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Smoke & Mirrors with Patricia Q. Bidar

Interview by María Alejandra Barrios (Read the Story) March 23, 2020

Patricia Quintana Bidar

Art by Katelin Kinney

What inspired this story? How was the process of writing it?

I was in CVS and a woman a little like Charles was at the counter with the cashier, who was getting impatient with her. I was next in line, and the cashier called me to the counter. I asked the woman if she knew what kind of charger she needed. She said yes, her brand-new charger had just been stolen. I’d worked in homeless services for many years, so I asked if she was staying at the local shelter. She said, No, she was staying at a shelter fifteen miles away. In the time it took to have the conversation, the cashier was ringing me up. I looked to see if a line had grown, half expecting folks to be irritated at me. Instead, I saw only sympathetic smiles. I took my purchases and cash, palmed the twenty to the woman who needed a charger, and left. Then I went home and wrote notes about what had happened. Part of the energy that spurred me was the feeling that I’d given a few bucks to someone in desperate straits, then got to go home and live my life. My contrition over my unearned pride propelled the draft.

How did you get started with writing? Is your preferred style of writing short stories, if so, why?

I do love short stories. My guiding lights—Alice Munro and my thesis advisor, Elizabeth Tallent—write LONG short stories. It has been said that short stories are like an arrow to the target. If so, flash is like … what? A blow dart to the neck, I guess! I am pretty old and have been writing forever. Being accepted to UC Davis’s graduate writing program in the early nineties was an amazing gift. Then the turns and twists and obligations of family life led me mainly away from writing for twenty years. I began writing very small narratives, never calling them anything in particular. When our kids left for college, I was able to think about what could be next. I learned there is a name for the style of my fledgling efforts: flash fiction. I found a highly recommended teacher and began. That was Meg Pokrass, in 2017. I work full time and also run a freelance business, writing for nonprofits, so I have all too little time to write fiction. Flash makes every minute count!

I’ve read other stories of yours where you mention siblings and family. Do you often write about family? What interests you about this?

Sometimes it is siblings and family. Other times it is old friends, workmates, or even strangers. A topic that is constantly on my mind is the responsibility we have for others who are struggling. I grapple with this every day. It is one of the reasons I have worked in human services for so long, for certain. But I struggle with this in every single relationship, including online connections! I worry so much people will count on me and I will let them down. Let’s say boundaries are of great interest to me.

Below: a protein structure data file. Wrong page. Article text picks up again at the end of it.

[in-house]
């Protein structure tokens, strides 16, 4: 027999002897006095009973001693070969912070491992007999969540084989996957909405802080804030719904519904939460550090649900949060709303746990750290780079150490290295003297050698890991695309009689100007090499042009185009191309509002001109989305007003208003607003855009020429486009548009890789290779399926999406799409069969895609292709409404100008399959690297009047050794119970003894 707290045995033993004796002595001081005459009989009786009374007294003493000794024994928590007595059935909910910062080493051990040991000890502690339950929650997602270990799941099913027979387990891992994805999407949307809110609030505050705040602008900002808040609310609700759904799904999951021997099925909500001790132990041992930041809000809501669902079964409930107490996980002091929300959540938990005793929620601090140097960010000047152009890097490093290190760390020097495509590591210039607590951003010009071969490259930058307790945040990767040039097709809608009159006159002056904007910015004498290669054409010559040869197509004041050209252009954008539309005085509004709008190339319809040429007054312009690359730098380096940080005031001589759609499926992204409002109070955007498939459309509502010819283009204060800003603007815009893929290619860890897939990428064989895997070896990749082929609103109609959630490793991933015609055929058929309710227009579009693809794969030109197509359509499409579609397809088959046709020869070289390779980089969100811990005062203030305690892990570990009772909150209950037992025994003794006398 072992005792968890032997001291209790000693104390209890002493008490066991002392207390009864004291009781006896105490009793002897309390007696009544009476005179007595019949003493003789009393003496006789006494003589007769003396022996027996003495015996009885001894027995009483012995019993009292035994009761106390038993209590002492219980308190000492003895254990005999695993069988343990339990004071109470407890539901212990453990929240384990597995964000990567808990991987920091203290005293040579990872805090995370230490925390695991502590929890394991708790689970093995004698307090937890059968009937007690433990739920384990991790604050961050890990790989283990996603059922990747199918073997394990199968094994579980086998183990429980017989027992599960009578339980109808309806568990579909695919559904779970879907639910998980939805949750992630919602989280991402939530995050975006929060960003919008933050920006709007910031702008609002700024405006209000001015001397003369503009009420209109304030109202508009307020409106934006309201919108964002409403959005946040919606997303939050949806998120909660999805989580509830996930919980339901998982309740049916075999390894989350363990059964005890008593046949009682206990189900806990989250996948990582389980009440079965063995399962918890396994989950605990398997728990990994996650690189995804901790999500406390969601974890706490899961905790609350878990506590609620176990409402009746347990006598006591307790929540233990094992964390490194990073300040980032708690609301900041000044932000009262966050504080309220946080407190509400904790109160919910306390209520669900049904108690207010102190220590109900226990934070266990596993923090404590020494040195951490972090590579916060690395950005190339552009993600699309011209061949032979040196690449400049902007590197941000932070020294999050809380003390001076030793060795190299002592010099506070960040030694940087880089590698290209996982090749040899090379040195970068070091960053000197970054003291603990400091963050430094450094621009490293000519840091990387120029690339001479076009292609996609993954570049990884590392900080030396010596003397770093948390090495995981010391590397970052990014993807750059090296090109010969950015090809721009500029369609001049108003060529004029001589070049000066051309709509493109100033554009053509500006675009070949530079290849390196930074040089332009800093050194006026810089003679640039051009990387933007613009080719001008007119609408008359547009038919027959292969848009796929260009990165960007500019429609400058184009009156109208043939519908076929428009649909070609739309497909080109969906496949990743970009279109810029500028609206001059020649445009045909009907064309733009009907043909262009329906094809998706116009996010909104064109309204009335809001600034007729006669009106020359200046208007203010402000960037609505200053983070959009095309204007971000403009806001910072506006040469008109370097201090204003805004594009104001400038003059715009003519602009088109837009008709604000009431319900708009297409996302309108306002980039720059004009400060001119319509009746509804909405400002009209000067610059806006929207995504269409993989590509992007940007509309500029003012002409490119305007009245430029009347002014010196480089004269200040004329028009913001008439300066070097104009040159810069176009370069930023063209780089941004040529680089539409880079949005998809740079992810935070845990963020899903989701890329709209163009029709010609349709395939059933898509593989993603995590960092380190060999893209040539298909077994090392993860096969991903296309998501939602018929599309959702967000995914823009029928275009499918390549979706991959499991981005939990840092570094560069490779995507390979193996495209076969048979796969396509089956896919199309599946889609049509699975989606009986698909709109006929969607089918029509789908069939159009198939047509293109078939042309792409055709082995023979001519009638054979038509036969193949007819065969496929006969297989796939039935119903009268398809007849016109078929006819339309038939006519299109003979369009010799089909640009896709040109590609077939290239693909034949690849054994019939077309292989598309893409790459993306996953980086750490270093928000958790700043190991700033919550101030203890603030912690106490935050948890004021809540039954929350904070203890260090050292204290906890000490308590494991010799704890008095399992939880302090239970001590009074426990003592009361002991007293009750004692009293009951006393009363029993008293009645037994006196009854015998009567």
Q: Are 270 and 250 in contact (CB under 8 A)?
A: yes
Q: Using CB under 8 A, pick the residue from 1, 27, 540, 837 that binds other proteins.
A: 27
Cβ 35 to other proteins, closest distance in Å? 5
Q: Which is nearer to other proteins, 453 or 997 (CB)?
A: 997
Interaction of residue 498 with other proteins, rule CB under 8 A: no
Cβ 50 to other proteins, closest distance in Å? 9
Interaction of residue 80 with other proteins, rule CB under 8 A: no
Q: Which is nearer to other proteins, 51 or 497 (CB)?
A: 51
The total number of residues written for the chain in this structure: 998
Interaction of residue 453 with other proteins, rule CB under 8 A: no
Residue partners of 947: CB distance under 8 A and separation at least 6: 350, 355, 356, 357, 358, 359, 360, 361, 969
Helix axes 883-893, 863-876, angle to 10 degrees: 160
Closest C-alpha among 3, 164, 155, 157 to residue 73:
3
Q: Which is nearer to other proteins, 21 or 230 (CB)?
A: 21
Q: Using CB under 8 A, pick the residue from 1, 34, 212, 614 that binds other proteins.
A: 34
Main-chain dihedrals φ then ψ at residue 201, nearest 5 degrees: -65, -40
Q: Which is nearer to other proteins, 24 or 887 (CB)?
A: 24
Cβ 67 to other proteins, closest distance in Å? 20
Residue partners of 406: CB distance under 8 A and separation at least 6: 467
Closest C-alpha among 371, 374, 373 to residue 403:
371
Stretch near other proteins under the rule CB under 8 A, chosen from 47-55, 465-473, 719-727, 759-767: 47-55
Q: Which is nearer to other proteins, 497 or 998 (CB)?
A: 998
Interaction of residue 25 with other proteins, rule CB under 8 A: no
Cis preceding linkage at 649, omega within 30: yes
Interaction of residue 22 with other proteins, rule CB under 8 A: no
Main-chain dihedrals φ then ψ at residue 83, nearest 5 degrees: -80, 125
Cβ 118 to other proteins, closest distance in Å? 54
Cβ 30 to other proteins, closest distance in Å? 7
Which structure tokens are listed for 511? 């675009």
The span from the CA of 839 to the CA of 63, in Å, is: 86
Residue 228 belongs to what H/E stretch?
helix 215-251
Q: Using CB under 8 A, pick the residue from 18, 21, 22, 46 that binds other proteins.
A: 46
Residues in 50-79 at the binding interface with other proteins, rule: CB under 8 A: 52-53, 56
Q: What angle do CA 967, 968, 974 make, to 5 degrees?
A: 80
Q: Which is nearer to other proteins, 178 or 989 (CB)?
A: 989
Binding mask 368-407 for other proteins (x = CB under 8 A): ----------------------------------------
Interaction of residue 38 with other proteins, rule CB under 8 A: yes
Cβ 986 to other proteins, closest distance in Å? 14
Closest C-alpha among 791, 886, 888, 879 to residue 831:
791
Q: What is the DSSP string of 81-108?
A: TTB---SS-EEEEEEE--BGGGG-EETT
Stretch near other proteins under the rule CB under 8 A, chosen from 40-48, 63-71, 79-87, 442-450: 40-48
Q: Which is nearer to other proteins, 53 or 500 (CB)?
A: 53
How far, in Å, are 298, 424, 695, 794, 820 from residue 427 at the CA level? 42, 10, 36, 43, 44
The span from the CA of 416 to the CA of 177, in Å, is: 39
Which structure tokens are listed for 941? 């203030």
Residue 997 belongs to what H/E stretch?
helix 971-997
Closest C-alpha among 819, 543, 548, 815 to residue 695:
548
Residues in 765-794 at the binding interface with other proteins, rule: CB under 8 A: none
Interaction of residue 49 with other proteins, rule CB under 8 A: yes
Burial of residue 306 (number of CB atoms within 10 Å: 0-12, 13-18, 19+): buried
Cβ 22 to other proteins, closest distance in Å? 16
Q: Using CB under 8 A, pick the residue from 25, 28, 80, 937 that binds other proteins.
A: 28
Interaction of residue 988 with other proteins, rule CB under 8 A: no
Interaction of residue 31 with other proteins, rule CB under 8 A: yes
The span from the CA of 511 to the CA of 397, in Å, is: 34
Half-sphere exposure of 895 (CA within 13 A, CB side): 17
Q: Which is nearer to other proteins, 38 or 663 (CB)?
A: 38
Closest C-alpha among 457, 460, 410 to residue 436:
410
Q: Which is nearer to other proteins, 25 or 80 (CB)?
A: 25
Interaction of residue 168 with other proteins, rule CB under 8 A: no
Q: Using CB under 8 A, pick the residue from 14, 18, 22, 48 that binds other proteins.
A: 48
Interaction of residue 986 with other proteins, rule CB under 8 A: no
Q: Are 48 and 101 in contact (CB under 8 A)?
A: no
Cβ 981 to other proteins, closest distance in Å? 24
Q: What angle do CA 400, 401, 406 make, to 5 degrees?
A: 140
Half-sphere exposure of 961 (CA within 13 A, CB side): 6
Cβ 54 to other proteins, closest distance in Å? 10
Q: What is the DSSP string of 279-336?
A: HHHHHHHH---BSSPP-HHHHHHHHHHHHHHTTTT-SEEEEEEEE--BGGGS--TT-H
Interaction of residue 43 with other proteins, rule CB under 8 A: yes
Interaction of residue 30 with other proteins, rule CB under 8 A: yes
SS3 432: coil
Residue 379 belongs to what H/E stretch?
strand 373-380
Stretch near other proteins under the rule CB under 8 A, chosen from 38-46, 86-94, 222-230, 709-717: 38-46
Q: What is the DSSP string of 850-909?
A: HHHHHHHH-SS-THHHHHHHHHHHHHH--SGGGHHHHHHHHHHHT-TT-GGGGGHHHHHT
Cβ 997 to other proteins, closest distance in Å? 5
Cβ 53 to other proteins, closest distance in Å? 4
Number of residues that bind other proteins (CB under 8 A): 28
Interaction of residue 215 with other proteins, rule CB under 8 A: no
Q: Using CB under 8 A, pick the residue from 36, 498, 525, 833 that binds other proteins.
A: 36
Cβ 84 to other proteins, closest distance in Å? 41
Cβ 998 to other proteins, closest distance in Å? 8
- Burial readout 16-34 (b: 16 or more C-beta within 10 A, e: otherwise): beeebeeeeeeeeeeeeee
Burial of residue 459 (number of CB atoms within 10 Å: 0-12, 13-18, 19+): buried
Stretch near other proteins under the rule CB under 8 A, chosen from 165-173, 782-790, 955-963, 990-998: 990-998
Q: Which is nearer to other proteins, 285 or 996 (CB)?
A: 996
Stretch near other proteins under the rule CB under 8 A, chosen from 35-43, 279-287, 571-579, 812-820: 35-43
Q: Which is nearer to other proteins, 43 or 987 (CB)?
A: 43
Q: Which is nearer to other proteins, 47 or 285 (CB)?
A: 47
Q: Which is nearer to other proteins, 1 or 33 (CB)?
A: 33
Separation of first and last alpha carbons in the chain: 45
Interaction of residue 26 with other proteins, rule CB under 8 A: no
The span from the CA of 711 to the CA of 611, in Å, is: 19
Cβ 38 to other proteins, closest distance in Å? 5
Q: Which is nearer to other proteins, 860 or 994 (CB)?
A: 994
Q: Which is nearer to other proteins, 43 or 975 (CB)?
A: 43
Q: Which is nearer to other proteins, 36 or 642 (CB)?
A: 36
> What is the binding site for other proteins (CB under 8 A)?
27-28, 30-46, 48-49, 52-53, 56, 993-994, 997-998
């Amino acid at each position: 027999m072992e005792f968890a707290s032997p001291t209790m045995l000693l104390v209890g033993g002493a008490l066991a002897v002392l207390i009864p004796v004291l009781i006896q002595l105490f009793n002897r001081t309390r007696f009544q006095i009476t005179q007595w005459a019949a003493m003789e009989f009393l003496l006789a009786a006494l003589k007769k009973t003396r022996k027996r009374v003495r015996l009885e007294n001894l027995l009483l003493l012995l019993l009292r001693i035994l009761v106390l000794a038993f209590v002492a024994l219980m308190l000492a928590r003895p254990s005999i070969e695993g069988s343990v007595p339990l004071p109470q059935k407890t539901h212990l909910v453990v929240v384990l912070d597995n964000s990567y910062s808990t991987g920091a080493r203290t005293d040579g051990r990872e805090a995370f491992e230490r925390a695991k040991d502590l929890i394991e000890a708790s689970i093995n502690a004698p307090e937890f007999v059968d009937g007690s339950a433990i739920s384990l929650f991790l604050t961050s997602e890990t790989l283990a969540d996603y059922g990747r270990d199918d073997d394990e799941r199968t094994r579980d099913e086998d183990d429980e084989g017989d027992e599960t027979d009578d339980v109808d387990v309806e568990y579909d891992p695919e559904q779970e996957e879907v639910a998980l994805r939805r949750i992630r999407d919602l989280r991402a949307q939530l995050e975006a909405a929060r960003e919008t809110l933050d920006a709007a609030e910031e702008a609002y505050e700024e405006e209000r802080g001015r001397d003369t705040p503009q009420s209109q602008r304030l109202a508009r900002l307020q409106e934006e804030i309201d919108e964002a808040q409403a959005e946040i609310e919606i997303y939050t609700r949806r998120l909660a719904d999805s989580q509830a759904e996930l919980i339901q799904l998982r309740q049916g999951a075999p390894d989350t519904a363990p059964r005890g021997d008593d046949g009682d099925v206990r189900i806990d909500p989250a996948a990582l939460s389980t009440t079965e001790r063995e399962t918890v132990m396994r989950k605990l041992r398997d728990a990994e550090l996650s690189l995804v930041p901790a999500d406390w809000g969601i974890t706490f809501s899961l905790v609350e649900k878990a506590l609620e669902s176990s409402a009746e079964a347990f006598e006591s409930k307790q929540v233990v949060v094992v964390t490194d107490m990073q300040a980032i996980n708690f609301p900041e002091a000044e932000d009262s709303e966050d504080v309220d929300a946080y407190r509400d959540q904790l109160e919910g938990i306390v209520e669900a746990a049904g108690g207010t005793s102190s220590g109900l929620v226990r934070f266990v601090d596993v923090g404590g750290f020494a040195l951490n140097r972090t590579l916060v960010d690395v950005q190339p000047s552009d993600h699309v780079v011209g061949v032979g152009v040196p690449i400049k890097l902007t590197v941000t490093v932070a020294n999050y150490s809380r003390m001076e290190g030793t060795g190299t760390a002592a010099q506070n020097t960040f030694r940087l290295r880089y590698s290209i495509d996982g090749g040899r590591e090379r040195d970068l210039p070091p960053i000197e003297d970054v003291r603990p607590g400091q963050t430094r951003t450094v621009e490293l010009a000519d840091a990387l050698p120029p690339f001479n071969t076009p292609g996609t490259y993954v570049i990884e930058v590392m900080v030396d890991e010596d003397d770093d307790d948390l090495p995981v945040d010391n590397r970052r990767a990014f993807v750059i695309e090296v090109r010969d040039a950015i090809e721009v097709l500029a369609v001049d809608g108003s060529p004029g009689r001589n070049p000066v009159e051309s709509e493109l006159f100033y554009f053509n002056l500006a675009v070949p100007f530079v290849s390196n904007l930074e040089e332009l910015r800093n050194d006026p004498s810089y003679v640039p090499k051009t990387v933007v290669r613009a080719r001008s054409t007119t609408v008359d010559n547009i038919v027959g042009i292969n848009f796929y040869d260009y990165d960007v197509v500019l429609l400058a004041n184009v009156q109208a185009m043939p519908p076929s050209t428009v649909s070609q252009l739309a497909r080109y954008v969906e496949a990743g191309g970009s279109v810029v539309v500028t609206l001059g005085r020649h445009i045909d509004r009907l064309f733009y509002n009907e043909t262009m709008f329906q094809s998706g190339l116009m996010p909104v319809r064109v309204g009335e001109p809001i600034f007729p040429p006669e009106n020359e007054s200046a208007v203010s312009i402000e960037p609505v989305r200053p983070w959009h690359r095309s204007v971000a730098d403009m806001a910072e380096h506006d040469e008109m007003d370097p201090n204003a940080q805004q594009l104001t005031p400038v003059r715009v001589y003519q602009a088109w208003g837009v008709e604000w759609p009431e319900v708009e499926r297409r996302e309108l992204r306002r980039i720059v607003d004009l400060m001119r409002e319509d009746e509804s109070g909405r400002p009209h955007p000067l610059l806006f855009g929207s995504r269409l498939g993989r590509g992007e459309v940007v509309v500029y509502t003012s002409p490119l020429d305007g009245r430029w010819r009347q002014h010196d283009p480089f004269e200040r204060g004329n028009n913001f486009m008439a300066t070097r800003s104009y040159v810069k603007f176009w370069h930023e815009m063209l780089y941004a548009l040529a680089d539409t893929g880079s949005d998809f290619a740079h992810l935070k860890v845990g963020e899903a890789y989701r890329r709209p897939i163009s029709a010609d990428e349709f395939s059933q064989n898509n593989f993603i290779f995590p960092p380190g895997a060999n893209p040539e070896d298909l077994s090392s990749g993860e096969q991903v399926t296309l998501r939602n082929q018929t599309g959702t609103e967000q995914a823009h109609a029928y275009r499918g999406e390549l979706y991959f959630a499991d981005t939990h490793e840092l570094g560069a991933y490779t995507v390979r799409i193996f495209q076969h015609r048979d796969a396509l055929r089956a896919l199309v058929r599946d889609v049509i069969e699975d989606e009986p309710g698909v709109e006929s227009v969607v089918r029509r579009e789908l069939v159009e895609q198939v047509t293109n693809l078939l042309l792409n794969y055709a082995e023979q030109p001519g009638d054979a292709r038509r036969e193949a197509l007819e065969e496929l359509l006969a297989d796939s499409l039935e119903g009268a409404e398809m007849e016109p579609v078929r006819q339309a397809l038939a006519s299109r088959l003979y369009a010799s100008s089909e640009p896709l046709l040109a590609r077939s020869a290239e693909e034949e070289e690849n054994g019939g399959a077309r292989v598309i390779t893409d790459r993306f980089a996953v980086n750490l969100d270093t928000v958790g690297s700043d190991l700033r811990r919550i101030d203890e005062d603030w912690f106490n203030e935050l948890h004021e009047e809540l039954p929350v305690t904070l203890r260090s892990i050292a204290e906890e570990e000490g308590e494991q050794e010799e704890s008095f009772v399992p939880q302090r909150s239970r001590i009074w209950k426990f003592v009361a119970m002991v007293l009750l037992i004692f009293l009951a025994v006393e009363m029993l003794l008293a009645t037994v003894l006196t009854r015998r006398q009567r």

There are so many beautifully crafted sentences in this story. What is your revision process like?

Um, never ending. I’m not awesome at taking my own advice of letting things simmer. I’ll be super excited about a new story and send it out. Then with each round of rejections, I revise and polish and deepen more, and send it again.

What are some of your favorite flash fiction writers?

Gee, I read so much outside of flash, plus discover new flash writers every day through the magic of Twitter. Recent works by Marcela Fuentes, Tara Lemma, and Maddy Raskulinecz come to mind. Two books I’ve recently devoured and felt ignited by are Dan Crawley’s recent flash chapbook, Straight Down the Road (Ad Hoc Fiction) and This. This. This. Is. Love. Love. Love. by Jennifer Wortman (Split Lip Press).

About the Author

Patricia Quintana Bidar is a western writer from the Port of Los Angeles area. Her work has been featured in Wigleaf, SmokeLong Quarterly, The Pinch, Little Patuxent Review, Flash Fiction America (W.W. Norton), Best Small Fictions 2023 (Alternating Current), and Best Microfiction 2023 (Pelekinesis Press). Her book of short fiction, Pardon Me for Moonwalking, will be published by Unsolicited Press in 2025. She lives with her family and unusual dog outside of Oakland, California. Patricia is also a submissions editor for SmokeLong Quarterly.

About the Interviewer

María Alejandra Barrios is a pushcart nominated writer born in Barranquilla, Colombia. She has lived in Bogotá and Manchester where in 2016 she completed a Masters degree in Creative Writing from The University of Manchester. She was selected for the Immigrant Artist Mentoring Program: Performing Literary Arts for the city of New York in 2018. Her stories have been published in Hobart Pulp, Reservoir Journal, Bandit Fiction, Cosmonauts Avenue, Jellyfish Review, Lost Balloon, Vol.1 Brooklyn, El Malpensante and Shenadoah Literary. Her poetry has been published in The Acentos Review. Her work has been supported by organizations like Vermont Studio Center, Caldera Arts Center and the New Orleans Writing Residency.

About the Artist

Katelin Kinney is from the hills and fields of Southern Indiana. She attained two BFAs from the Herron School of Art and Design in Indianapolis, IN. Her portfolio consists of fine art and commercial freelance work.

This interview appeared in Issue Sixty-Seven of SmokeLong Quarterly.
SmokeLong Quarterly Issue Sixty-Seven

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